When global warming alarmists condemn skeptics as “deniers,” that is an unscientific and socially dangerous characterization. Skeptics are not the enemy. On the contrary, they are crucial to science because they help us search for truth.
Scientific theories exist to be verified or proven false. Thomas Huxley, the celebrated nineteenth century English biologist, explained, “Skepticism is the highest of duties; blind faith the one unpardonable sin.”
For more than 1,000 years, the world accepted Aristotle’s claim that the sun moved around the Earth, that the Earth was the center of the universe. Then Galileo, in the sixteenth century, used the newly invented telescope to confirm the Earth rotated around the sun.
Today, we have the same opportunity to see whether the evidence fits a popular theory, on global warming this time, but we risk media “house arrest” if we do.
Yet there are many inconvenient facts that demand explanation.
Prior Warming Confirmed
For example, Chinese researchers recently examined their ancient historic records, which go back farther than in any other society. They found evidence of a warm period from the year 1 to about 240 AD (known in the West as the Roman Warming); a cold period (the Dark Ages) from 240 to 800 AD; a warming (the Medieval Optimum) from 800 to 1400; and the Little Ice Age from 1400 to about 1920.
The Chinese records indicate the warm periods had fewer and milder storms, and fewer droughts and floods, than the cold Dark Ages and Little Ice Age. This is not what we have been told to expect from the Modern Warming. China during the Roman and Medieval periods also had better crop production and more prosperity than during the cold times.
The Chinese researchers also looked at modern proxy evidence of past temperatures. The oxygen isotopes in ice cores taken from Tibet yield an annual record of the air temperatures when the ice was laid down. Pollen and organic matter in peat bogs, as well as sedimentary deposits in lake beds, provide further proxy evidence of climate and biosphere conditions.
From this evidence, the Chinese researchers concluded China’s warmest period during the past 2,000 years occurred around the year 100 AD. This aligns with Roman records of growing wine grapes in Britain during their occupation of that island in the first century–whereas Britain was unable to grow wine grapes from 1300 to 1950 because of too-cold temperatures. The Chinese researchers also learned trees respond to warmth and rainfall by growing more rapidly.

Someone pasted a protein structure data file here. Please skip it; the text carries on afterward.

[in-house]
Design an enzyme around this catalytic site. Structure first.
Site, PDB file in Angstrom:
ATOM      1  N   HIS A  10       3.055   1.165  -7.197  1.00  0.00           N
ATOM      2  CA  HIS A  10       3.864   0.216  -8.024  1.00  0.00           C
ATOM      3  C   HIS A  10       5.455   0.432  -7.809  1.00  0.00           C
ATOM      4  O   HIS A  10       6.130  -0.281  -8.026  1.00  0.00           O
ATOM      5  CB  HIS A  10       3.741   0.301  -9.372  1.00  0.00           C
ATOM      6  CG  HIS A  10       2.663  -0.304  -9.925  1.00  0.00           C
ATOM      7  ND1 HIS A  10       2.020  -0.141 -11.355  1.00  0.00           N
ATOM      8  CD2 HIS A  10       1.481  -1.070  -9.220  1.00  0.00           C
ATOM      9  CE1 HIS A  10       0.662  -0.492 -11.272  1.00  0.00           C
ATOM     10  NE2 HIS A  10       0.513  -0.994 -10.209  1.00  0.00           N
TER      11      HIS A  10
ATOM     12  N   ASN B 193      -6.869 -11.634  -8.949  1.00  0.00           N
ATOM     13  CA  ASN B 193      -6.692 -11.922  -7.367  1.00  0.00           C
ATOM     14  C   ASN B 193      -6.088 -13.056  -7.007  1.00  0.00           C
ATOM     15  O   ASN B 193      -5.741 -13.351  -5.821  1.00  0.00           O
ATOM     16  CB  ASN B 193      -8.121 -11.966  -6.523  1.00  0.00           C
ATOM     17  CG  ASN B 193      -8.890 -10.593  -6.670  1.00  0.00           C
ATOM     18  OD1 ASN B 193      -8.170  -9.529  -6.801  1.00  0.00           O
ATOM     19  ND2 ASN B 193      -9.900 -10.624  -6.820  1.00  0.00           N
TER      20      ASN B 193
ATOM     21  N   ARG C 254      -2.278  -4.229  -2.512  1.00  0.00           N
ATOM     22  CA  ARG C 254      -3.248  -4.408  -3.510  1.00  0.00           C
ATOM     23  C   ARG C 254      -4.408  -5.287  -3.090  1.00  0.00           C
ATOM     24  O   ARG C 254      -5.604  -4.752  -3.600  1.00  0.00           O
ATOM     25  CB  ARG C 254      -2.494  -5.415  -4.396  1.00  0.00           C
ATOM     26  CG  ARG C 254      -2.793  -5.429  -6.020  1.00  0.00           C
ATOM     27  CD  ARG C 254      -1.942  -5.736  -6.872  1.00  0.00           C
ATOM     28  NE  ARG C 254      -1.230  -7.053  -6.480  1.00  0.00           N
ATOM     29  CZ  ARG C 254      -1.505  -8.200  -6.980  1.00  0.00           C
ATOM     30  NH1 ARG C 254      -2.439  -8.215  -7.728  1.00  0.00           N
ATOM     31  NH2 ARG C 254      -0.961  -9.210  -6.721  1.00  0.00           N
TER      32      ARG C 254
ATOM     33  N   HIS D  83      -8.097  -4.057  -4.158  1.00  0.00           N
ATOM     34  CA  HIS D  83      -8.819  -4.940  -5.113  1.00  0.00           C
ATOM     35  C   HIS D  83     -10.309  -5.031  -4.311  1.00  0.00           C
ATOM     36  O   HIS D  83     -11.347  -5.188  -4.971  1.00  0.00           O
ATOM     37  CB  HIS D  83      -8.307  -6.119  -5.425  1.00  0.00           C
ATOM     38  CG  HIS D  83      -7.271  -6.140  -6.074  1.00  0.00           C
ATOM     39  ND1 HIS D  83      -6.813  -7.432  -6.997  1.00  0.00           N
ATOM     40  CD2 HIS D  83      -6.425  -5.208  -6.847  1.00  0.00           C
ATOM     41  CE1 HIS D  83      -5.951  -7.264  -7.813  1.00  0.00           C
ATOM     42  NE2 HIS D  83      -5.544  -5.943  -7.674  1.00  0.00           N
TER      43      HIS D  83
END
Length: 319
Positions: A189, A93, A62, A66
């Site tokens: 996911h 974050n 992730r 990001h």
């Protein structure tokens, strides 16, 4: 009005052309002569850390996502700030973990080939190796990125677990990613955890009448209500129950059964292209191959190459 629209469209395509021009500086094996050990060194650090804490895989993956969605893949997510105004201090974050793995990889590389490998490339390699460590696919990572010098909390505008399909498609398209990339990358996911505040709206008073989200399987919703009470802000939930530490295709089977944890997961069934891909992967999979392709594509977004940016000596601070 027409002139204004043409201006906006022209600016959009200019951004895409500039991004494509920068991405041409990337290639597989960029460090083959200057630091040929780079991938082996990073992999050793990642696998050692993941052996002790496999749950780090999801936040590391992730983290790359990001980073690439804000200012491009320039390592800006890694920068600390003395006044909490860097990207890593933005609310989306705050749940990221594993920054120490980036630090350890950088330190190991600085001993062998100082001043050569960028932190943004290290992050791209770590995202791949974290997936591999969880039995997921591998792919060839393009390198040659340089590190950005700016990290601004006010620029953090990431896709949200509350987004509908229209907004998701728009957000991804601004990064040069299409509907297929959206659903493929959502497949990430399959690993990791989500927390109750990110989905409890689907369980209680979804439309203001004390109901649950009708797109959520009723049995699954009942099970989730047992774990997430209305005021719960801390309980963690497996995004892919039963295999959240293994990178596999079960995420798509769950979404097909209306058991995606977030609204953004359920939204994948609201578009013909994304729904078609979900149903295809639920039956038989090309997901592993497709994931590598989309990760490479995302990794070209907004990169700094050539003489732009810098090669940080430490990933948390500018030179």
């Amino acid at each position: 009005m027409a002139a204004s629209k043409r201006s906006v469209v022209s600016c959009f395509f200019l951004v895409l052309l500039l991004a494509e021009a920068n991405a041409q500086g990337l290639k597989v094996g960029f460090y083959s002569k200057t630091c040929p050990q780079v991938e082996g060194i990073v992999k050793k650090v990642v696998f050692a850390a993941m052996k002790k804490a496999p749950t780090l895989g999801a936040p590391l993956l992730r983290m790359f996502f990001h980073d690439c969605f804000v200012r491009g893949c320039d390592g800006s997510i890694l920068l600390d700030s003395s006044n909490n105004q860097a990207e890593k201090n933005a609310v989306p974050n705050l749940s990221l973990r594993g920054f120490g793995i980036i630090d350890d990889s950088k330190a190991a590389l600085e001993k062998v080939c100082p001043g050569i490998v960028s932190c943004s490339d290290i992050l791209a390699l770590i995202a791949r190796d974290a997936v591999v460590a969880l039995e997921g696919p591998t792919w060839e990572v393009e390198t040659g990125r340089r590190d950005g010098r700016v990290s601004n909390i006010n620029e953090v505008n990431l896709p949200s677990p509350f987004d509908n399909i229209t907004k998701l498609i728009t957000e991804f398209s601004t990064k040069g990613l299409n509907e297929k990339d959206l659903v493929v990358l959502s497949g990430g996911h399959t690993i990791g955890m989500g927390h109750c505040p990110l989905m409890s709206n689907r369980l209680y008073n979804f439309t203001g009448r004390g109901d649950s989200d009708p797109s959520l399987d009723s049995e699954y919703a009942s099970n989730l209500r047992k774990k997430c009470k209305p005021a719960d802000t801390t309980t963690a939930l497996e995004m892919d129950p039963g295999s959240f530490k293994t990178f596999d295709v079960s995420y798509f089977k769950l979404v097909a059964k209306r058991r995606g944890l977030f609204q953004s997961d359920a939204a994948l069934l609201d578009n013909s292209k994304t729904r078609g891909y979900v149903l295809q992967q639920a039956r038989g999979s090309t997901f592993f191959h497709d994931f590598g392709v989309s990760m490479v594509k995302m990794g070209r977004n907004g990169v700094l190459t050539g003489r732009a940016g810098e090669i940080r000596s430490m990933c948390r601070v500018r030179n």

If China was warmer during the first century than today, we must ask what is so remarkable about today’s warming.
Ice cores from Greenland and Antarctica confirm the existence of a 1,500-year climate cycle (plus or minus 500 years) that has brought the planet more than 500 global warmings in the past million years. Seabed sediments, lake sediments, fossil pollen, cave stalagmites, and worldwide glacier movements all agree. Carbon in tree rings and beryllium in the ice likewise indicate the cycle is connected to variations in the sun’s radiance.
Perhaps the most powerful evidence of all is the strong correlation between sunspot records and the Earth’s temperatures during observations made since 1860. Henrik Svensmark of the Danish Space Research Institute found a 95 percent correlation between the sunspot numbers and the record of the Earth’s sea surface temperatures.
Svensmark recently demonstrated that cosmic rays, which vary with the sun’s radiance, influence the amount of low, wet clouds on the planet, which deflect heat back into outer space. These clouds amplify solar variations fourfold. At any given time, 20 percent of the Earth’s surface may be shaded by such clouds.
It’s conceivable Svensmark could be looking at the wrong evidence. Or perhaps the global warming believers will discover some new and more powerful evidence of manmade warming. To date, however, the global warming advocates have only (1) the fact that the Earth is warming; and (2) a set of computerized global climate models that blame increasing CO2 for rising global temperatures.
The reality is, since 1998 carbon dioxide levels have continued to soar while the Earth’s temperatures have held stable.
The climate models are not evidence; they are guesses. The fact that they tend to agree with each other says more about discussions among the modelers than about the accuracy of the models.
The Earth could be warming due to either natural or manmade causes, or both at the same time. But the facts strongly suggest human carbon dioxide emissions have been only a small factor in our small recent warming (a net 0.2º C since 1940).
That isn’t denial; it’s reality.
Dennis T. Avery ([email protected]) is a senior fellow with The Heartland Institute and coauthor of the bestselling book Unstoppable Global Warming Every 1,500 Years.